WASHINGTON, DC (CNN) – The captain and chief engineer of an oil platform in West Africa were kidnapped in a pirate attack on Wednesday.
Both crew members are believed to be U.S. citizens, according to a U.S. official familiar with the attack.
Details about the crew members' well being and the condition of their vessel after the attack are not known.
The attack happened in the Gulf of Guinea, an oil-rich area that has become a hotspot for pirate activity.
On Thursday, a sea captain familiar with the region talked with CNN's Jake Tapper about how this situation is different from the well-televised pirate attacks near Somalia.
"The platforms are stationary unlike off the coast of Somalia, where you've got essentially cargo vessels carrying cargo from point A to point B, within the vicinity of the coast. These vessels are oil platforms that are stationary," said Captain Don Marcus, president of the International Organization of Masters, Mates and Pilots. "They're being serviced by small vessels that have low free-board, usually quite slow. They're much more vulnerable - it's an entirely different industry, and the model is quite different; instead of capturing a vessel and the crew and taking the vessel to a safe haven and holding the crew hostage pending negotiations. The model in the Gulf of Guinea is more akin to theft and kidnapping."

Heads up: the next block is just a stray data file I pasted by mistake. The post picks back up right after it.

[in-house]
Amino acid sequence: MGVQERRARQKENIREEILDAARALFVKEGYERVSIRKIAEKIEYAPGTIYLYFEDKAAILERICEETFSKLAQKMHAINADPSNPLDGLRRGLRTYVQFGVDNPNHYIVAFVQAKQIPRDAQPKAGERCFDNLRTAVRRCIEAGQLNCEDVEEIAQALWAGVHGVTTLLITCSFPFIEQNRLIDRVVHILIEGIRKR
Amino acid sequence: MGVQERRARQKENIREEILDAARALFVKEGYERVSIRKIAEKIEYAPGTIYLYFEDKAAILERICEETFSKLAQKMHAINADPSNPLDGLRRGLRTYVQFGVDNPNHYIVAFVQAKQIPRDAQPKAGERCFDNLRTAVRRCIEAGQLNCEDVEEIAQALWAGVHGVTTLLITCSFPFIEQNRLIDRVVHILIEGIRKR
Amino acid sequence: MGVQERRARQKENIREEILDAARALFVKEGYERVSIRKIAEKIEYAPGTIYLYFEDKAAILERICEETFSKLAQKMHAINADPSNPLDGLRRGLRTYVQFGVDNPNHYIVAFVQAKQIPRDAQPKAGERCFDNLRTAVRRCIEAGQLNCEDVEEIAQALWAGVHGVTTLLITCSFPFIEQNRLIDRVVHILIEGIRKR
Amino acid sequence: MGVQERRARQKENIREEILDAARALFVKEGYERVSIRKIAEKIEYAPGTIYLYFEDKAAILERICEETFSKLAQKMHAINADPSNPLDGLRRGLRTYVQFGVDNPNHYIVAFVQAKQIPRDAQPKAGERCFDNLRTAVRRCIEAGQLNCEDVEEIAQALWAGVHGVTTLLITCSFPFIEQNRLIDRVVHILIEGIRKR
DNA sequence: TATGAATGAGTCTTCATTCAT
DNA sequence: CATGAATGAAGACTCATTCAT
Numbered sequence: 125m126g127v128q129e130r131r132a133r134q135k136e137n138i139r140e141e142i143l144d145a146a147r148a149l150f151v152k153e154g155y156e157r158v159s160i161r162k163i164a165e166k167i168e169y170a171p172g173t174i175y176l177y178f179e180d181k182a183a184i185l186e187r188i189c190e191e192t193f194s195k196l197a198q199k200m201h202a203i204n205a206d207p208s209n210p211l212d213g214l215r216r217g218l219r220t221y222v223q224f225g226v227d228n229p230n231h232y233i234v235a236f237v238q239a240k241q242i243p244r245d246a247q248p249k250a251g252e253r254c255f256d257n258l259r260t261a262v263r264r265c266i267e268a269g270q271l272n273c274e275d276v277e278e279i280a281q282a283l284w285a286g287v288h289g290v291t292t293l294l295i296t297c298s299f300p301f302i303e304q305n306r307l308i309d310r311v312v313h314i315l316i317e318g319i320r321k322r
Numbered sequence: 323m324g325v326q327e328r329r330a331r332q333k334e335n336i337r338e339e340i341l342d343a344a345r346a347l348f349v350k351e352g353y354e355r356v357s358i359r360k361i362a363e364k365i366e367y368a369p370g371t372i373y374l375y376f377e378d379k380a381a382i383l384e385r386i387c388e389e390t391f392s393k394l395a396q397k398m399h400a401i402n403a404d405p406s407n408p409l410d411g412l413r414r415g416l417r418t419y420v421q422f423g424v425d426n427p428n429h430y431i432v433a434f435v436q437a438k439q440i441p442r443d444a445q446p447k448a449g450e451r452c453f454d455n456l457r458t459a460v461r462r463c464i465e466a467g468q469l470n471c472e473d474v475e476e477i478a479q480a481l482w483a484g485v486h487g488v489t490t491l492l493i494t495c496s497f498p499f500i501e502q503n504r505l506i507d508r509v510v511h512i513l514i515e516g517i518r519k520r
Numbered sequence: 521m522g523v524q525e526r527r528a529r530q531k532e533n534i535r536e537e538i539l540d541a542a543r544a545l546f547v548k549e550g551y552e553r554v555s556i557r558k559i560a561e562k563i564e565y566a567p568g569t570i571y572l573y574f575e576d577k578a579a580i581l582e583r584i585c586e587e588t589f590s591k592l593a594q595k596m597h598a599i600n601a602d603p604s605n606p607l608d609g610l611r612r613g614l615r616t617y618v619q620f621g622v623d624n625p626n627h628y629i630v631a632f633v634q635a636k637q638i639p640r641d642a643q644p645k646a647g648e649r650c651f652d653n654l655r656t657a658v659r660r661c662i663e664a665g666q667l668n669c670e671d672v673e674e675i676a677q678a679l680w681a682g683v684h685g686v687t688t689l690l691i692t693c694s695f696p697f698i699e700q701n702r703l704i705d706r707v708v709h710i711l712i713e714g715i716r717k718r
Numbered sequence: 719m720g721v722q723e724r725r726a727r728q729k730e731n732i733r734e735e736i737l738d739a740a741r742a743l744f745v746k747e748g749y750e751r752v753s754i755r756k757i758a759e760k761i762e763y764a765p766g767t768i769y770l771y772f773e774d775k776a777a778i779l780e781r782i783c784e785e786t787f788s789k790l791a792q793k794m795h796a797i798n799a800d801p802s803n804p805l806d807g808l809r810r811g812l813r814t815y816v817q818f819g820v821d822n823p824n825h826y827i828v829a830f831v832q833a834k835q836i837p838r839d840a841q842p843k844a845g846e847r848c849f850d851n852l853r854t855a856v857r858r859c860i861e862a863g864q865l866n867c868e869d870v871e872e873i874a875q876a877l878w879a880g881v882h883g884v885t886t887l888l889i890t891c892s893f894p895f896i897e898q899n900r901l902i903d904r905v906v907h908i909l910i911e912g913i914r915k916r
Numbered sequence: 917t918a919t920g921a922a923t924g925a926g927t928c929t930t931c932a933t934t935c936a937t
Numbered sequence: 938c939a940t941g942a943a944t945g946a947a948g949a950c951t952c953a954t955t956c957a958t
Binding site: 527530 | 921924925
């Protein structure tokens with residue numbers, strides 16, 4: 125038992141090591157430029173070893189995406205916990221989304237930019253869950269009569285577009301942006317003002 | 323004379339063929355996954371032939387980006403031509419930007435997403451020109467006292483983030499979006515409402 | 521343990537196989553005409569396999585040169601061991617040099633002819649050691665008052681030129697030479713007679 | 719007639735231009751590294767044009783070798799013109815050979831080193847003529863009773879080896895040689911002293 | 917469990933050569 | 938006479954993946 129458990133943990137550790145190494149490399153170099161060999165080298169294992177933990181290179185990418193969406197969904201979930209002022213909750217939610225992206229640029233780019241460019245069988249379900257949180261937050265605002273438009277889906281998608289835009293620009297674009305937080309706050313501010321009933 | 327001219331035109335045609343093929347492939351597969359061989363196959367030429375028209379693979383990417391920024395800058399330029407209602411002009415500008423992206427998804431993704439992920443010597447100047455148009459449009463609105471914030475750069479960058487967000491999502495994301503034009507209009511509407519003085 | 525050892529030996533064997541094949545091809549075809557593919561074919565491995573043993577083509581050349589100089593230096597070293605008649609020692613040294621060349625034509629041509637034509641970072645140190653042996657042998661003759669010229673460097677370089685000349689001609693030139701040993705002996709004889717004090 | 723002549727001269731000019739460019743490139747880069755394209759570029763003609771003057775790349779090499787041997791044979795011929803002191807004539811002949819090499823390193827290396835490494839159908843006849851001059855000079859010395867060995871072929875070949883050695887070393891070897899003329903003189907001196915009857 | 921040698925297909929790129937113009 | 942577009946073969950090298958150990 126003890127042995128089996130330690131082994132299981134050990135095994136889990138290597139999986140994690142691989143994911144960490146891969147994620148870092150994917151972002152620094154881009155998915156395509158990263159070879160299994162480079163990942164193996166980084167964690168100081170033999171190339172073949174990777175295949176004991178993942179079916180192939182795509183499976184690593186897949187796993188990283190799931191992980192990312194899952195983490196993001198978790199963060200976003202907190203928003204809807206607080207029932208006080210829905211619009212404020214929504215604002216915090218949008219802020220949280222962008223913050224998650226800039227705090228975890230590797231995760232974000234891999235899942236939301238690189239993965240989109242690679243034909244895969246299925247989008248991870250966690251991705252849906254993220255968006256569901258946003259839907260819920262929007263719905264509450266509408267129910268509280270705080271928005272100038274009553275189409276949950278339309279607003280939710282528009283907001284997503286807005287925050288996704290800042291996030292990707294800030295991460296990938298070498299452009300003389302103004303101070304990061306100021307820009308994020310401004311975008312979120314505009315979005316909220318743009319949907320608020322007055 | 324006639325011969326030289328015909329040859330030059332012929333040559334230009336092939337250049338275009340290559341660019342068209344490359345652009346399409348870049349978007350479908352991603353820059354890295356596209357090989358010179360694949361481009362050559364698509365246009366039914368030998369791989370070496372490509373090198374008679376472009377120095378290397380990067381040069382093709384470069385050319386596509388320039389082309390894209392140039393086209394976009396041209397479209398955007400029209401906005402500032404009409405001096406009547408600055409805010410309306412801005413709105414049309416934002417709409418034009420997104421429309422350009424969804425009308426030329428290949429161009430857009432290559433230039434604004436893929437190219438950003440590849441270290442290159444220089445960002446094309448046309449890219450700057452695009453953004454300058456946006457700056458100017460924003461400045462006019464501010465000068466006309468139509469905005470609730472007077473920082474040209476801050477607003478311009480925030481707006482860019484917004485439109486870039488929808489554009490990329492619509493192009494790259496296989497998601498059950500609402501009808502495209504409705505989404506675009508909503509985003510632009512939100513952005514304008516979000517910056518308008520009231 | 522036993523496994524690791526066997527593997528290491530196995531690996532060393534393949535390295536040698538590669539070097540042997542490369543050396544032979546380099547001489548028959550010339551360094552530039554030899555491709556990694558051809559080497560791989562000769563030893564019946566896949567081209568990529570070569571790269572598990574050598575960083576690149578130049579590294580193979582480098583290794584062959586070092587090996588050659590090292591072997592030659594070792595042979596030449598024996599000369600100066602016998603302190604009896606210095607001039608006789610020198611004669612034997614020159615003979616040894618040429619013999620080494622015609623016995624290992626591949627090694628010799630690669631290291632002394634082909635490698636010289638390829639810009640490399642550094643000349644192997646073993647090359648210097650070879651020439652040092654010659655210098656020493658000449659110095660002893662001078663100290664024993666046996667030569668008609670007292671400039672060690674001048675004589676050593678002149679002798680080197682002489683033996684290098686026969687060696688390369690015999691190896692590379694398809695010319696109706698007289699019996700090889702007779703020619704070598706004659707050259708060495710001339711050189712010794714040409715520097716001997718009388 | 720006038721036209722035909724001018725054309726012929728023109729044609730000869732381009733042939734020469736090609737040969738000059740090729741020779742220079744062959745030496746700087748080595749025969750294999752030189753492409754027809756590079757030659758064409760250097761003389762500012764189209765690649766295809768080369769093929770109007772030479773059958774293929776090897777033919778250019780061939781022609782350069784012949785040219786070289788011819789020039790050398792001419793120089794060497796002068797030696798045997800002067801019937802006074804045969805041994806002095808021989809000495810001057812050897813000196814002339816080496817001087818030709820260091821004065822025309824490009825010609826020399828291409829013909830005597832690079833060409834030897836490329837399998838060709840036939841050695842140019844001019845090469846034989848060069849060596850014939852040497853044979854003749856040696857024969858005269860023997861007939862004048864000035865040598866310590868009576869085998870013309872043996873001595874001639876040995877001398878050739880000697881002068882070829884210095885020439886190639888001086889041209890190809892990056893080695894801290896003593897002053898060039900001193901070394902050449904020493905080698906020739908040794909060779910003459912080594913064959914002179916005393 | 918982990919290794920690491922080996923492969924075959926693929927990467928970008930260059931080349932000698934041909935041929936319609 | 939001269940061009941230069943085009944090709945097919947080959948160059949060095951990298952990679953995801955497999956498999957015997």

Nearly 30 percent of U.S. oil imports flow through the Gulf of Guinea region.
In all, 40 pirate attacks have been reported there so far in 2013. It's also the only place in the world this year that has seen crew kidnappings. 132 people have been taken hostage in attacks in the area.
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